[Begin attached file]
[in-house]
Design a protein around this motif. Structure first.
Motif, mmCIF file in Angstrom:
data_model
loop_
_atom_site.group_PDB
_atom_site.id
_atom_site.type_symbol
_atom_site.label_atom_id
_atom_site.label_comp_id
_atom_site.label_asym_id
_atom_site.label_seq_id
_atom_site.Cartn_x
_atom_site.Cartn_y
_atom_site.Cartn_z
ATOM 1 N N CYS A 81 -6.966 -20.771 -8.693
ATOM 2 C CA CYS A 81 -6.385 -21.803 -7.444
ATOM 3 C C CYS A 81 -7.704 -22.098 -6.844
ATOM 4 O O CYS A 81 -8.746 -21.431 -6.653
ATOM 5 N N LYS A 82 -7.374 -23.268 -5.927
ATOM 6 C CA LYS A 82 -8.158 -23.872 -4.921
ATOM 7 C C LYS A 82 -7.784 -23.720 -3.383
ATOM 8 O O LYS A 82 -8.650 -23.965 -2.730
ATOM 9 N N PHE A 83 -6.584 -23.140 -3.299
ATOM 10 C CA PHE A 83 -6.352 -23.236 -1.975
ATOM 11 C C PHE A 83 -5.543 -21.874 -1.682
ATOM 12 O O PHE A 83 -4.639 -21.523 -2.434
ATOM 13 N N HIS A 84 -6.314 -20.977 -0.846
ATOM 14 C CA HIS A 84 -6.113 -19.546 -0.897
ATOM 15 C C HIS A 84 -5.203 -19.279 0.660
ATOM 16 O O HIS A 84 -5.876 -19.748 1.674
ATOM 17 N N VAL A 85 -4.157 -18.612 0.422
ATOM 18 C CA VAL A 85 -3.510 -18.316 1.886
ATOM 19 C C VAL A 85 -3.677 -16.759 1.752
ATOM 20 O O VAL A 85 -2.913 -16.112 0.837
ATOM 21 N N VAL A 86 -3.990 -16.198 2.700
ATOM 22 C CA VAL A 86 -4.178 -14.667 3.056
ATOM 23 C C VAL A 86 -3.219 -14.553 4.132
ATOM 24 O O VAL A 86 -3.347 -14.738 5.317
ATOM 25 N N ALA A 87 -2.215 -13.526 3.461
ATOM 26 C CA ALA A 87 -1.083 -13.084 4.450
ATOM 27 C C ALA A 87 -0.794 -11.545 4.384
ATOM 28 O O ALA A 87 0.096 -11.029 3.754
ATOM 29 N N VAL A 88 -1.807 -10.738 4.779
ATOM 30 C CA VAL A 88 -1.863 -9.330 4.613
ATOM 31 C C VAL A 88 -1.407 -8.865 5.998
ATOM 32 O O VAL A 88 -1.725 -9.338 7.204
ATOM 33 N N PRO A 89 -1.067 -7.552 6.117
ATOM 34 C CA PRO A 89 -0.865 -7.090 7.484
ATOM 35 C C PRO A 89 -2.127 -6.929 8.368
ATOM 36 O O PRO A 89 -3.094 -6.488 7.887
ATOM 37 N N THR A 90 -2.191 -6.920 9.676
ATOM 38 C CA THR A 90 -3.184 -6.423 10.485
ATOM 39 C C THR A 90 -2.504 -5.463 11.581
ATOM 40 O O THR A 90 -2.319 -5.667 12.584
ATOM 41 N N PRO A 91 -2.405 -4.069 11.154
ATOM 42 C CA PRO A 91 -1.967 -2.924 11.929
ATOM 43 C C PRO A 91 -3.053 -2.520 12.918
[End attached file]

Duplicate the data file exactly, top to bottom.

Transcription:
[in-house]
Design a protein around this motif. Structure first.
Motif, mmCIF file in Angstrom:
data_model
loop_
_atom_site.group_PDB
_atom_site.id
_atom_site.type_symbol
_atom_site.label_atom_id
_atom_site.label_comp_id
_atom_site.label_asym_id
_atom_site.label_seq_id
_atom_site.Cartn_x
_atom_site.Cartn_y
_atom_site.Cartn_z
ATOM 1 N N CYS A 81 -6.966 -20.771 -8.693
ATOM 2 C CA CYS A 81 -6.385 -21.803 -7.444
ATOM 3 C C CYS A 81 -7.704 -22.098 -6.844
ATOM 4 O O CYS A 81 -8.746 -21.431 -6.653
ATOM 5 N N LYS A 82 -7.374 -23.268 -5.927
ATOM 6 C CA LYS A 82 -8.158 -23.872 -4.921
ATOM 7 C C LYS A 82 -7.784 -23.720 -3.383
ATOM 8 O O LYS A 82 -8.650 -23.965 -2.730
ATOM 9 N N PHE A 83 -6.584 -23.140 -3.299
ATOM 10 C CA PHE A 83 -6.352 -23.236 -1.975
ATOM 11 C C PHE A 83 -5.543 -21.874 -1.682
ATOM 12 O O PHE A 83 -4.639 -21.523 -2.434
ATOM 13 N N HIS A 84 -6.314 -20.977 -0.846
ATOM 14 C CA HIS A 84 -6.113 -19.546 -0.897
ATOM 15 C C HIS A 84 -5.203 -19.279 0.660
ATOM 16 O O HIS A 84 -5.876 -19.748 1.674
ATOM 17 N N VAL A 85 -4.157 -18.612 0.422
ATOM 18 C CA VAL A 85 -3.510 -18.316 1.886
ATOM 19 C C VAL A 85 -3.677 -16.759 1.752
ATOM 20 O O VAL A 85 -2.913 -16.112 0.837
ATOM 21 N N VAL A 86 -3.990 -16.198 2.700
ATOM 22 C CA VAL A 86 -4.178 -14.667 3.056
ATOM 23 C C VAL A 86 -3.219 -14.553 4.132
ATOM 24 O O VAL A 86 -3.347 -14.738 5.317
ATOM 25 N N ALA A 87 -2.215 -13.526 3.461
ATOM 26 C CA ALA A 87 -1.083 -13.084 4.450
ATOM 27 C C ALA A 87 -0.794 -11.545 4.384
ATOM 28 O O ALA A 87 0.096 -11.029 3.754
ATOM 29 N N VAL A 88 -1.807 -10.738 4.779
ATOM 30 C CA VAL A 88 -1.863 -9.330 4.613
ATOM 31 C C VAL A 88 -1.407 -8.865 5.998
ATOM 32 O O VAL A 88 -1.725 -9.338 7.204
ATOM 33 N N PRO A 89 -1.067 -7.552 6.117
ATOM 34 C CA PRO A 89 -0.865 -7.090 7.484
ATOM 35 C C PRO A 89 -2.127 -6.929 8.368
ATOM 36 O O PRO A 89 -3.094 -6.488 7.887
ATOM 37 N N THR A 90 -2.191 -6.920 9.676
ATOM 38 C CA THR A 90 -3.184 -6.423 10.485
ATOM 39 C C THR A 90 -2.504 -5.463 11.581
ATOM 40 O O THR A 90 -2.319 -5.667 12.584
ATOM 41 N N PRO A 91 -2.405 -4.069 11.154
ATOM 42 C CA PRO A 91 -1.967 -2.924 11.929
ATOM 43 C C PRO A 91 -3.053 -2.520 12.918